In collaboration with architecture and engineering consultancy Sweco and landscape architects Tredje Natur, Zaha Hadid Architects was selected to deliver the new Aarhus football stadium in Denmark. Dubbed the "Arena of the Forest," the stadium will be embedded within the city's Marselisborg forest, offering public and ticketed spaces all year round while revealing glimpses of the surrounding landscape. Scheduled for opening in 2026, the complex will cover 69,912 square meters, including the Aarhus arena and the renovation of the adjacent 'Stadionhallerne' building completed in 1918 by architect Axel Høgh-Hansen.
Tredje Natur: The Latest Architecture and News
Danish architecture firm TREDJE NATUR has designed a new 40-hectare regenerative masterplan for Bergen, Norway. The grand vision aim to bring new life to an old logistics port and ferry terminal. The plan outlines a zero-emission district focused on a community-based sharing economy, renewable building materials and climate adaptation strategies. The proposal emphasizes Bergen’s relation to the fjord, nature and history.
Danish architects Third Nature have designed a new proposal for a regenerative tourism site in Japan. Called Nordisk Hygge Circles - Ugakei, the project was completed with Japanese engineers Structured Environment and sustainability experts Henrik Innovation. The new adventure park consists of cabins and glamping tents, a camping area along the estuary, and a learning area to encourage activities in nature.
Danish architecture firms Lendager Group and TREDJE NATUR designed the CPH Common House to be a new residential and commercial building in the Ørestad area of Copenhagen. The high-rise would feature recycled tiles and concrete with brick fractures, paneling constructed from recycled window frames and reclaimed wood flooring. In total, the design team estimates the Common House would make use of 17,577 tons of recycled waste material. The project was designed to be “the world’s first upcycled high rise” for its use of upcycled post-consumer material.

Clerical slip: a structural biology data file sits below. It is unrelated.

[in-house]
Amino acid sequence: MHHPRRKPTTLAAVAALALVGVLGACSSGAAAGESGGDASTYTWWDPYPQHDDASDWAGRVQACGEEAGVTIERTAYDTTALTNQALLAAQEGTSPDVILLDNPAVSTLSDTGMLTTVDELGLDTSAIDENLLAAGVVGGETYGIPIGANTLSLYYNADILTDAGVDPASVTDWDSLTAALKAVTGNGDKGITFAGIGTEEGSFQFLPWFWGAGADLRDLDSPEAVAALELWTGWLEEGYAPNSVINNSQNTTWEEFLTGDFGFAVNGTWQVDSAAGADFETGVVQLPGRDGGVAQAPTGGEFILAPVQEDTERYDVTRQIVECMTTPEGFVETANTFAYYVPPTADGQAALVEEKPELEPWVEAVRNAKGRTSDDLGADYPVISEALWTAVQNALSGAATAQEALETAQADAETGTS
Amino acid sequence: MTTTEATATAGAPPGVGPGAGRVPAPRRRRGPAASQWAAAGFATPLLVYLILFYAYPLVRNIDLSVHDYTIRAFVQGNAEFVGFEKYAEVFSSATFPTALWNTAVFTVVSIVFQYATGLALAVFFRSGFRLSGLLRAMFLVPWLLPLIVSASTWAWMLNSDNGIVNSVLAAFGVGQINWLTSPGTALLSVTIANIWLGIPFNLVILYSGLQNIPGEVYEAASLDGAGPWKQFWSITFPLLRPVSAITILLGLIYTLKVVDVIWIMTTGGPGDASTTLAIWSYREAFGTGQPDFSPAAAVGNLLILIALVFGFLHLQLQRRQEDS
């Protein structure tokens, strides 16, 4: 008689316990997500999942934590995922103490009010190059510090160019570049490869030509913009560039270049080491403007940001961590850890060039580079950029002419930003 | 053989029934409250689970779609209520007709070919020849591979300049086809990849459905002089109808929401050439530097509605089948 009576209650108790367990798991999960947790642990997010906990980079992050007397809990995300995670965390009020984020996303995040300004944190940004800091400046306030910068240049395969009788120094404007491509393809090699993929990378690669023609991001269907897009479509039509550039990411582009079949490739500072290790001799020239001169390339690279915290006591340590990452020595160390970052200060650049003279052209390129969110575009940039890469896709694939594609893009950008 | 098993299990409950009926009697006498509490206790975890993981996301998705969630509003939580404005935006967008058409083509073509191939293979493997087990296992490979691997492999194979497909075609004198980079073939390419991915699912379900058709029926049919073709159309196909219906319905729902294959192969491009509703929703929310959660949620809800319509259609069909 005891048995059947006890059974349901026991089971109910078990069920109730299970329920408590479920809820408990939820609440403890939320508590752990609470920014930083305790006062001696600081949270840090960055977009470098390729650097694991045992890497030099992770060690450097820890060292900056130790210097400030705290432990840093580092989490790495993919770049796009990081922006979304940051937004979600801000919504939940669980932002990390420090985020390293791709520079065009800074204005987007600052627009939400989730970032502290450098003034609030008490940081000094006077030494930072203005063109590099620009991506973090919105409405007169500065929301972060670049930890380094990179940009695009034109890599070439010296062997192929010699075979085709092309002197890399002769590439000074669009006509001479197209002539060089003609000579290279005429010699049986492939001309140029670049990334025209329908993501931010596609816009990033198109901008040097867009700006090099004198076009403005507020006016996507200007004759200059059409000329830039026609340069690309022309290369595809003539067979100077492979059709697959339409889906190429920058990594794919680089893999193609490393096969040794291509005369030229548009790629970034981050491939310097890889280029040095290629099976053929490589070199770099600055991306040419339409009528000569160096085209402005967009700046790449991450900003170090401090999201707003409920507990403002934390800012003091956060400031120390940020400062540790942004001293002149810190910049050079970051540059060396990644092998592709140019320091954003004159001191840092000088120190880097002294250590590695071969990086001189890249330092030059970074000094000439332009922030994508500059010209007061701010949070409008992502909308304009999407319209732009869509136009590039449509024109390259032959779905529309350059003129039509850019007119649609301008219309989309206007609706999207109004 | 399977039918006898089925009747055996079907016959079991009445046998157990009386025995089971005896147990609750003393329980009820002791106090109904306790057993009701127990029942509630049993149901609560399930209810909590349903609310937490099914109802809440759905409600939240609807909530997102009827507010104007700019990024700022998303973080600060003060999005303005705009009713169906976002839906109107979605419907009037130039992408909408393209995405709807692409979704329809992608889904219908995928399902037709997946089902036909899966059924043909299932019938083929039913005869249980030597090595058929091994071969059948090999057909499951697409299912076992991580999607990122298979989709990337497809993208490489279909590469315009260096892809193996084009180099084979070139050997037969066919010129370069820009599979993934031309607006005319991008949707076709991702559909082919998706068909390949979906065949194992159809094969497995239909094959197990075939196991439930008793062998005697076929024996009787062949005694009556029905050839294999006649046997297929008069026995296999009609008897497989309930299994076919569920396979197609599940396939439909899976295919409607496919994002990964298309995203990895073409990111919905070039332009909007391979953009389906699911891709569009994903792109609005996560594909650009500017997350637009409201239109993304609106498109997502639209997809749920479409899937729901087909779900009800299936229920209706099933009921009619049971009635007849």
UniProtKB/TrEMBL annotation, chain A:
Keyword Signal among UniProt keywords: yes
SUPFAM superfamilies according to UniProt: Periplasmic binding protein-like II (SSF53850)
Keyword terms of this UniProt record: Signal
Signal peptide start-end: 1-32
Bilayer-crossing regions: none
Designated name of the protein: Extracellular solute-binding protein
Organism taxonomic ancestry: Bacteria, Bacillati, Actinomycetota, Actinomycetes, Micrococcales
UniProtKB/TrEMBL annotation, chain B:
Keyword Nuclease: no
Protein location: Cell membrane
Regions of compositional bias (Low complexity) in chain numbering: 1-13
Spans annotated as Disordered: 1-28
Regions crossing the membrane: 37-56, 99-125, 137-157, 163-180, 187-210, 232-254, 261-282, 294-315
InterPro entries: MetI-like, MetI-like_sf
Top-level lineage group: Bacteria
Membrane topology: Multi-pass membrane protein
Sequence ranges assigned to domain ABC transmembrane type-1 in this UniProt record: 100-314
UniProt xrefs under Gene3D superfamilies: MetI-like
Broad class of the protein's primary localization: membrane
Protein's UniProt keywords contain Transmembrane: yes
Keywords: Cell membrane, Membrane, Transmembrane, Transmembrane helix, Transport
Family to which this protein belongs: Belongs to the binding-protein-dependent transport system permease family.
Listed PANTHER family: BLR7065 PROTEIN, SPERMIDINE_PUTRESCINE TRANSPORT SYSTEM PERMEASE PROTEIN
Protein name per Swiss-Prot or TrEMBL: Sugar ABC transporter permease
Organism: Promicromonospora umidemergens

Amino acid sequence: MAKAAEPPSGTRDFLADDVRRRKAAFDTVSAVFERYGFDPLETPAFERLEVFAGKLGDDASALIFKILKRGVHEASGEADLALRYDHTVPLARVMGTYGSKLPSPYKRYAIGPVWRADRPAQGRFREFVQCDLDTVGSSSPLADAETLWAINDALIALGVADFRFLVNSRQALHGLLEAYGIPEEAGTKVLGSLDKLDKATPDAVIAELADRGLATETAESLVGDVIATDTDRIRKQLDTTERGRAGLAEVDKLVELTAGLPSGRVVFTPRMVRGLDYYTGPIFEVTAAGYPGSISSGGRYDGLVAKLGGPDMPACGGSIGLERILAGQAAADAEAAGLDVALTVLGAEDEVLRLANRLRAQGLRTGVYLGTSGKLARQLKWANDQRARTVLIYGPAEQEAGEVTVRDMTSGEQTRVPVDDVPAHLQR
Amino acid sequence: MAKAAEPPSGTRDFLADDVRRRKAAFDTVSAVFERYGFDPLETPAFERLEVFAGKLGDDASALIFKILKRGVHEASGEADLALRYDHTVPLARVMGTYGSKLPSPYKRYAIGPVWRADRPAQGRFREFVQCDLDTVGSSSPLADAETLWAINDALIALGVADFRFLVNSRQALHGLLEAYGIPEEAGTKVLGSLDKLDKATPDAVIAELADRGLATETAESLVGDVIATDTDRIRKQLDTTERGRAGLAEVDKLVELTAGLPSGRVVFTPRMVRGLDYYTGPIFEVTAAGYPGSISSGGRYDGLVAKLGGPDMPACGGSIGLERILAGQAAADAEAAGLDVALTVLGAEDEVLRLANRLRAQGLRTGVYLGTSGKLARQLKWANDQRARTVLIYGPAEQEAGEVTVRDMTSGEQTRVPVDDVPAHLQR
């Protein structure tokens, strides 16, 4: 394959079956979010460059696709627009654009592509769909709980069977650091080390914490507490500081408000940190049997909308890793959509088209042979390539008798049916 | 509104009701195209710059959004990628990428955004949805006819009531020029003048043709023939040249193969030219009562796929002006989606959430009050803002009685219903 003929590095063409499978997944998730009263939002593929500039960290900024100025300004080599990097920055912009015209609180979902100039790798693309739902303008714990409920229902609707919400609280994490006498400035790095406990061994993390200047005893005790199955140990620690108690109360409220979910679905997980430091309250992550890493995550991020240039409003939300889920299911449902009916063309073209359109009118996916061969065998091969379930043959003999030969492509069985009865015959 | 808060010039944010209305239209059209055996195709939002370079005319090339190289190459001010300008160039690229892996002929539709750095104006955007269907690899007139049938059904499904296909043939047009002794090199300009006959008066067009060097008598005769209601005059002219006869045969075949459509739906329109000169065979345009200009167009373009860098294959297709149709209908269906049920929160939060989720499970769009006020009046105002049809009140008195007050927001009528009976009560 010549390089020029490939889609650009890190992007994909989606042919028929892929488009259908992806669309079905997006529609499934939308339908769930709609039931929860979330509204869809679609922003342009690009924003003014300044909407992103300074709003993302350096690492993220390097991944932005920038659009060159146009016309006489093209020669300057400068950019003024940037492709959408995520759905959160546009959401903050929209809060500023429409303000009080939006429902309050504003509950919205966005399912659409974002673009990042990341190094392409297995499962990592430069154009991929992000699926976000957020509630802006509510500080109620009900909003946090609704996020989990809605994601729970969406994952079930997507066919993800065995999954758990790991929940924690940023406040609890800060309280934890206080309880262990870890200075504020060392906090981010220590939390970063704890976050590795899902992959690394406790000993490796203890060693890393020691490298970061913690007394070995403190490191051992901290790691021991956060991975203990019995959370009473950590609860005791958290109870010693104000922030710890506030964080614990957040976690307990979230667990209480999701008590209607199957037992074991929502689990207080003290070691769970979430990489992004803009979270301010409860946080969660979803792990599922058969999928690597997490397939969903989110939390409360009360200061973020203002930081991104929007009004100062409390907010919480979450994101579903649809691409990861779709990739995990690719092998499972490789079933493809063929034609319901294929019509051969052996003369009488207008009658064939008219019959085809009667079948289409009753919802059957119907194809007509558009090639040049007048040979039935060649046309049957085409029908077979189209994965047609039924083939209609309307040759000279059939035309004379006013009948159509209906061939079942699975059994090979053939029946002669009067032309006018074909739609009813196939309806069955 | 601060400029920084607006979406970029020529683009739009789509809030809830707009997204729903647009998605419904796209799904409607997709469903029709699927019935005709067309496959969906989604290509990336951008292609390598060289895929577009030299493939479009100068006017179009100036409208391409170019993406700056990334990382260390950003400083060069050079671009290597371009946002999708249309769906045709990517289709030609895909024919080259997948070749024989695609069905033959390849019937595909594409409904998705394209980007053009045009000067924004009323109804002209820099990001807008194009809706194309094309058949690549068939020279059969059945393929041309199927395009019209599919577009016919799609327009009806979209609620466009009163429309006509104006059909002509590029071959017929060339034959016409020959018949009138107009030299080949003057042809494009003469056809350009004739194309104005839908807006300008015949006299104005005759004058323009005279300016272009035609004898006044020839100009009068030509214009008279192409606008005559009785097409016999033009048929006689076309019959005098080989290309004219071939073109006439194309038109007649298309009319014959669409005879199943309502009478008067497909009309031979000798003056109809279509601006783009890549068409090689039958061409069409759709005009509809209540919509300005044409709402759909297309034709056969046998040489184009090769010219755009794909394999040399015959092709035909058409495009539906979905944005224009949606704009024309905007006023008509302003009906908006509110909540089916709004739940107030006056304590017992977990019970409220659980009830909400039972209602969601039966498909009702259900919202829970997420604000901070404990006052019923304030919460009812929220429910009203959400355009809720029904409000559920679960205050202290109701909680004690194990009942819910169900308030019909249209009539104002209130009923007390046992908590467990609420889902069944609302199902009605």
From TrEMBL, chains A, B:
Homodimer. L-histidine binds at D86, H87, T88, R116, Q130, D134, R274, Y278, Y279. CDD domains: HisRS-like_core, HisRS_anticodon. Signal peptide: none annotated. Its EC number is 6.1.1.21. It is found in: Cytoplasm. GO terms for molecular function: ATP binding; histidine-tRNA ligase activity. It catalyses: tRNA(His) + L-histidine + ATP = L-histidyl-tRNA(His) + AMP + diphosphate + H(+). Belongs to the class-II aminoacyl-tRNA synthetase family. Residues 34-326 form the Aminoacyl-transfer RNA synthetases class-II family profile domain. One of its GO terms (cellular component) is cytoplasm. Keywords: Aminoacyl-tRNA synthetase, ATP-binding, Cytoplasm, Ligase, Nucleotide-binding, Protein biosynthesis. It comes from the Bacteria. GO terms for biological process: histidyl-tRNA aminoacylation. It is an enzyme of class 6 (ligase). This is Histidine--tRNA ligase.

As Earth’s population continues to grow, so does car traffic and issues related to climate change. It has been estimated about 30% of urban roadway congestion are drivers searching for a place to park. Car culture puts the pressure on cities to build more parking garages, which usually win out over green parks. Meanwhile, climate change continues to challenge cities to handle a great deal of stormwater. The 2017 Atlantic hurricane season is proof of this - as of Monday, 13 named storms have formed in the Atlantic ocean, costing 210 lives and counting.
THIRD NATURE, a Danish architecture firm, designed a solution for the modern-day urban issues of flooding, parking and lacking green spaces with their project, POP-UP. A stacked green space, car park, and water reservoir, from top to bottom respectively, POP-UP uses Archimedes’ principle to store water and create floating space to store cars.
TREDJE NATUR, AART Architects, and Arup have teamed up for a competition proposal to redesign Kronløbsøen, an island development marking the transition between port and city in Nordhavn, Copenhagen. Composed of 30,000 square meters of housing, six water-rooms, a houseboat colony, harbor bath, and multi-story underwater parking, the project aims to create an island celebrating all aspects of harbor life.
Taking into account the local port’s spirit, scale, material palette, and history, Kronløbsøen is “composed of eight porous monoliths shaped by physical connections, visibility, and microclimate, creating the optimal conditions for housing and urban life.”
C.F. Møller Architects and Tredje Natur have won a competition to design Future Sølund, one of the largest and most forward-thinking residential nursing homes in Danish history. Not only will this center give the elderly the care they need, but it will also give them the opportunity to interact with people of other generations while simultaneously setting higher standards for well-being, security, functionality, and community values.
Copenhagen based architecture firm Tredje Natur recently presented their plans to develop Denmark’s first climate adapted neighborhood, which transforms Saint Kjeld’s Quarter into Copenhagen’s greenest neighborhood. The comprehensive urban development project seeks to demonstrate how the city can be arranged so rainwater can be managed in the streets in a more natural and effective way. Their project offers a wide range of pragmatic strategies to meet the many expectations in the area. As a key principle the architects reclaim 20% of the street area by optimizing the infrastructure and parking lots according to current standard. More images and architects’ description after the break.